The Paris agreement was a breakthrough, but it is up to all of us to act as guardians of these new standards – and of our future
April 22, 2016 — Last December, world leaders convened in Paris in an extraordinary effort to find a global solution for reducing destructive carbon emissions – the indisputable driver of climate change – and to prevent our planet from a destructive 2°C increase in global temperatures. Today, leaders gather again – this time at the United Nations in New York – to sign the landmark agreement.
Two degrees may not sound like a major threat, or even a difficult goal. But limiting average temperature increase could be the difference in assuring our future. A future that includes breathable air, dependable weather patterns, drinkable water, secure food sources and the survival of the ecosystems on which our climate – and human life – depends.
The Paris agreement was not our first effort at tackling the grave issue of climate change. The summits at Copenhagen, Kyoto and Montreal were each an attempt to pull us back from the brink of disaster. But they came up short. For our moment in history, Paris is a critical breakthrough – but it is also just the beginning. We must build on this foundation, and strive for the even more ambitious limit of 1.5°C in the coming years, to avoid catastrophic impacts to those least capable of adapting and potentially losing entire island nations to rising seas.
It is a global obligation to ourselves and to future generations. In order to meet it, our work to deliver on the promise of Paris must follow five basic principles:
1 Reducing and pricing carbon emissions
Emissions reduction is the standard by which climate action must be measured – and only strict limits can help us to avoid the worst impacts of climate change. To drive the reductions at the pace and scale that science demands, we need to implement powerful economic incentives: proven market-based policies that put a price on carbon pollution, make polluters pay for their damage to the climate and reward the innovators and entrepreneurs who develop and deploy cleaner technologies.
2 Accelerating the transition to renewable energy
We possess the technology – right now – to speed up the transition to 100% clean energy use. This is not the stuff of science fiction: clean energy costs have plummeted and installed capacity is expanding rapidly. The enormity of our energy infrastructure means the transition will take time – but make no mistake, it is happening. Renewable energy will help usher in a new era of economic promise and security for people around the world.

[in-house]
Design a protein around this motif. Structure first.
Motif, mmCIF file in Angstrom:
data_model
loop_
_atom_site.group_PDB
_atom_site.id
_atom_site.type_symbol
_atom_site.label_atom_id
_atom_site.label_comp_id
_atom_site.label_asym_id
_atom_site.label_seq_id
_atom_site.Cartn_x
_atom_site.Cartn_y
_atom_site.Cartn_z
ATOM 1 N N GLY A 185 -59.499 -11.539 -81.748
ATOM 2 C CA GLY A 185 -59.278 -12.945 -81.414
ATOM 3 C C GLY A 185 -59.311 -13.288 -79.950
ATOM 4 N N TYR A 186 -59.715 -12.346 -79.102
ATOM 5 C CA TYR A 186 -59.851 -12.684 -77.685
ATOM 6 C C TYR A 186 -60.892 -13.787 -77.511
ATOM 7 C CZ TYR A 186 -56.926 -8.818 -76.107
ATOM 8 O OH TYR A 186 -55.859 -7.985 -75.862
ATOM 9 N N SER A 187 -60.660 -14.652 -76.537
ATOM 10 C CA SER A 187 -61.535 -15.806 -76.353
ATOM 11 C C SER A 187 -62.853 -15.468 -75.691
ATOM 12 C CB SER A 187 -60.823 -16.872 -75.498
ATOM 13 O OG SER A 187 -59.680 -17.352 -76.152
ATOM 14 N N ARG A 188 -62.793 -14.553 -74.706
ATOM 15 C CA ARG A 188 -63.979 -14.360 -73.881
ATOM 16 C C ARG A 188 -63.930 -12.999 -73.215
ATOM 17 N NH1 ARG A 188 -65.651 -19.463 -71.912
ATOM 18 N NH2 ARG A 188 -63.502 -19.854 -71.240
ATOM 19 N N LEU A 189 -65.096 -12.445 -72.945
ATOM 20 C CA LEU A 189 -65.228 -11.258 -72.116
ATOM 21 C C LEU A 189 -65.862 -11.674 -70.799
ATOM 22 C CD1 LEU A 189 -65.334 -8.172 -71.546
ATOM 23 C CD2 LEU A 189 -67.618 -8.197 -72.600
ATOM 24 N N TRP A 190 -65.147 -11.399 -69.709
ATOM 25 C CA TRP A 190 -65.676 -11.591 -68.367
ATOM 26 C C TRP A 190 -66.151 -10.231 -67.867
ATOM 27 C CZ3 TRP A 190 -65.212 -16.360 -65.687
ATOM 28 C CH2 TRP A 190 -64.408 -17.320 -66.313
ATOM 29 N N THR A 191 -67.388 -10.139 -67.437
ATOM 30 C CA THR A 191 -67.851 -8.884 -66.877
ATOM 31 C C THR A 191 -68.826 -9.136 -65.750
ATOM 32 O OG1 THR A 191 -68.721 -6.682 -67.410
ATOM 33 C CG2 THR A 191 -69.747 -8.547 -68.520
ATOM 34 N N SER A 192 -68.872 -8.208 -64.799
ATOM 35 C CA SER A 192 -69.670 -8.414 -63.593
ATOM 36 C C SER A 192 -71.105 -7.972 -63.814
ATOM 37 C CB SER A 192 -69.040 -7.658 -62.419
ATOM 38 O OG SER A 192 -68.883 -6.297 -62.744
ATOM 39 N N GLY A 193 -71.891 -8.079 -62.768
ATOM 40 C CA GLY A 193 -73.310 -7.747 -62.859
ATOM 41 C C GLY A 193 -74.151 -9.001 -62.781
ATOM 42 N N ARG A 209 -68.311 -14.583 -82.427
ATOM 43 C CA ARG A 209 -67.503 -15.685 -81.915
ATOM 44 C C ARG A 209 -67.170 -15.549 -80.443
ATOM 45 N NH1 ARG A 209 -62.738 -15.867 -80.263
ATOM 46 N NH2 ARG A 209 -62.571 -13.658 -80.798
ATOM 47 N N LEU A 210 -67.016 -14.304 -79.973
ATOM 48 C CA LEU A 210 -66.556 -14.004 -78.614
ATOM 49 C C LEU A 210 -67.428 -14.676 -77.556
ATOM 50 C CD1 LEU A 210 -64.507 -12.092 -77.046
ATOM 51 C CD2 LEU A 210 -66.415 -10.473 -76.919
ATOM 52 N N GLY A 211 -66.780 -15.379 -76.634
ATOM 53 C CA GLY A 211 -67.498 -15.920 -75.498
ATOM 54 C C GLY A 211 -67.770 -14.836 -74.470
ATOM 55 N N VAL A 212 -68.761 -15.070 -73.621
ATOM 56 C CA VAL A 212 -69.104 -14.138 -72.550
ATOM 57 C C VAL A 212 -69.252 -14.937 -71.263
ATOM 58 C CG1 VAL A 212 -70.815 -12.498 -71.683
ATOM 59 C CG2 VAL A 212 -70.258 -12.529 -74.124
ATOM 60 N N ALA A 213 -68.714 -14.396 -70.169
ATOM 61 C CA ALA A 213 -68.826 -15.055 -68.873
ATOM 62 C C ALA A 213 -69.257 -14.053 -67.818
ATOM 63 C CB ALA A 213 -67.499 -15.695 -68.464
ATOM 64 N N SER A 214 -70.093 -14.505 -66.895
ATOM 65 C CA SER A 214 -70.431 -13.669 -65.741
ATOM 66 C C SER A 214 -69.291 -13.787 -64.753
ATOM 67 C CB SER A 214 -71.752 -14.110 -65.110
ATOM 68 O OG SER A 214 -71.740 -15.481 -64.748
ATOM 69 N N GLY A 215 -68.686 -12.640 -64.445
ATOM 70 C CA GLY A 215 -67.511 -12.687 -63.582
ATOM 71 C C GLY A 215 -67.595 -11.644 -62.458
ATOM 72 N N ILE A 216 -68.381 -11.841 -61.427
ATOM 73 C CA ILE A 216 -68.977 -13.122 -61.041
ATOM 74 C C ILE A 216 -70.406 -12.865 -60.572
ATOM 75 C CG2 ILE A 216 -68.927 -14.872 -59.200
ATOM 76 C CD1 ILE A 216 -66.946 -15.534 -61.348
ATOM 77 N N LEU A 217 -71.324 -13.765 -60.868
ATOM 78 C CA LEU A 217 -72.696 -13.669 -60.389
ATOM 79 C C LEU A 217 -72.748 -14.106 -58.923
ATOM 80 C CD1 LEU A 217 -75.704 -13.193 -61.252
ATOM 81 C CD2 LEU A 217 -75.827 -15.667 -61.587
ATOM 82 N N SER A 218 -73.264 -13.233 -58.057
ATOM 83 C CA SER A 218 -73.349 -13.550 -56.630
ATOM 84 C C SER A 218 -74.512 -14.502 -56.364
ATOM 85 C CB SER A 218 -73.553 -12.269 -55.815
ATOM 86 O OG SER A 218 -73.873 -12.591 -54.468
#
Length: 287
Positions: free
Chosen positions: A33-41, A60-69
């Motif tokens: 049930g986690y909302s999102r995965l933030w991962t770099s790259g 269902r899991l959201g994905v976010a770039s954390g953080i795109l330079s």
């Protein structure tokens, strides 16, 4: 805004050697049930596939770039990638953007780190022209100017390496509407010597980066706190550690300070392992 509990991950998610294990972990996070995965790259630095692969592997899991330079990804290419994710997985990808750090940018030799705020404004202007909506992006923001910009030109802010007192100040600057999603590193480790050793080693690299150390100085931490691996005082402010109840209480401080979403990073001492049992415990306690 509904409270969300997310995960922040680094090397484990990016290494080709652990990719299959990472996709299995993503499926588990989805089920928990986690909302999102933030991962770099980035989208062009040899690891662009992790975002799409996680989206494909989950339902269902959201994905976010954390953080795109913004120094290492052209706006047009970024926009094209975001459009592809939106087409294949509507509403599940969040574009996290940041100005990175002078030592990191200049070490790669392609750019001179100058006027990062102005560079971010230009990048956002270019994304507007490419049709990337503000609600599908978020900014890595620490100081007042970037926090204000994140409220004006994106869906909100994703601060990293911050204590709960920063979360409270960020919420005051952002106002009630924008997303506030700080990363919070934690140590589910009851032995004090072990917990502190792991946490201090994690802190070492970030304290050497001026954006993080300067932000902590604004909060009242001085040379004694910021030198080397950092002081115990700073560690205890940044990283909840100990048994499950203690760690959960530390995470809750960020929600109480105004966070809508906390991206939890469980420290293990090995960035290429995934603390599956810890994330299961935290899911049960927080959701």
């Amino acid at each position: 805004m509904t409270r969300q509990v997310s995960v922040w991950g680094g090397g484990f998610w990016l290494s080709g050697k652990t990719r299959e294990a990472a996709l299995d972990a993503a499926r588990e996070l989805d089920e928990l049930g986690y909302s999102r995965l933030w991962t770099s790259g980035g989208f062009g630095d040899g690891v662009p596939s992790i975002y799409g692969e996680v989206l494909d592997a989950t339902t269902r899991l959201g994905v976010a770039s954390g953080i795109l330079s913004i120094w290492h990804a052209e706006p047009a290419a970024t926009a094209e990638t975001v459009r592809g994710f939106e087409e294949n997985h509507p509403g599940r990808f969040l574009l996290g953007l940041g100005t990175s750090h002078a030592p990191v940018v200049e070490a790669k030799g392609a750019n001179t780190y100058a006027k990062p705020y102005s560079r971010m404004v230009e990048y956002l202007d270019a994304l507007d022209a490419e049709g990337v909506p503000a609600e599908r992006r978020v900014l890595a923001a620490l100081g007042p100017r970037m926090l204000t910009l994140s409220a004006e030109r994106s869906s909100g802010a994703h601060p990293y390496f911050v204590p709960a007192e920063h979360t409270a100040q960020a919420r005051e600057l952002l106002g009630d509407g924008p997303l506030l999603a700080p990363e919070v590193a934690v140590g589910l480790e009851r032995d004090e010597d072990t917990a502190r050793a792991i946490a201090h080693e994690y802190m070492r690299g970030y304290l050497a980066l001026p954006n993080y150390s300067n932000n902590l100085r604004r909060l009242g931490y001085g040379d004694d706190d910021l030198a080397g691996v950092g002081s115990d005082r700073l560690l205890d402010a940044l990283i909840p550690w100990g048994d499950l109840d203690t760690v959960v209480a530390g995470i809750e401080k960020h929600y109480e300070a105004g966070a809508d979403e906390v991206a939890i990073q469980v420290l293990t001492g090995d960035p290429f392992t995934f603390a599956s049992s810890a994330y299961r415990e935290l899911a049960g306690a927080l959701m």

Accelerating the transition means divesting from fossil fuel holdings and investing in clean energy solutions. As companies such as Peabody Coal file for bankruptcy protection, investors should factor in the risk of supporting fossil energy. Policies that support clean energy are coming fast and there are profits to be made.
3 Protecting the world’s vital ecosystems
Our planet’s delicate, irreplaceable rainforests and wild oceans are key to a sustainable future for all life on Earth. Without these incredibly diverse places, we will not be able to sustain a steady climate that works as nature intended: to clean our air and regulate global temperature. No science or technology can replace or replicate these unique natural wonders. Safeguarding the world’s forests and oceans is critical to supporting the livelihoods of the local and indigenous communities that depend on them.
4 Taking aggressive short-term action first
An emphasis on long-term solutions and mid-century goals can obscure the fact that the worst effects of climate change may become irreversible if we don’t take aggressive action now. Controlling methane emissions is the single most impactful move we can make to alter the near-term trajectory of climate change. Man-made methane emissions cause one quarter of the increased warming we are currently experiencing.
Yet cost-effective remedies exist: inexpensive technologies can reduce leaks and venting from existing oil and gas systems immediately; and innovative programmes exist to reduce landfill waste, which releases methane as it decomposes.
5 Making our cities global models for sustainability
Over half the world’s population lives in dense urban areas that generate more than 70% of global emissions. Any long-term changes must involve major cities from both hemispheres. Already, many are serving as models. Vancouver, Sydney, Stockholm, and Las Vegas have already committed to using 100% renewable energy in the coming decades. Other cities must follow their lead.
These are real solutions, many of which are already being implemented in parts of the world to great success. It is up to political and community leaders, businesses, and citizens everywhere to act as guardians not just of this new, aggressive set of standards for climate action – but as guardians of our future.
We know what needs to be done. Together, we must stand up and fight for these meaningful, effective solutions. Failing to do so will unjustly leave our children a world that is hotter, less diverse and more violent and unjust – all things we can avoid with bold action now.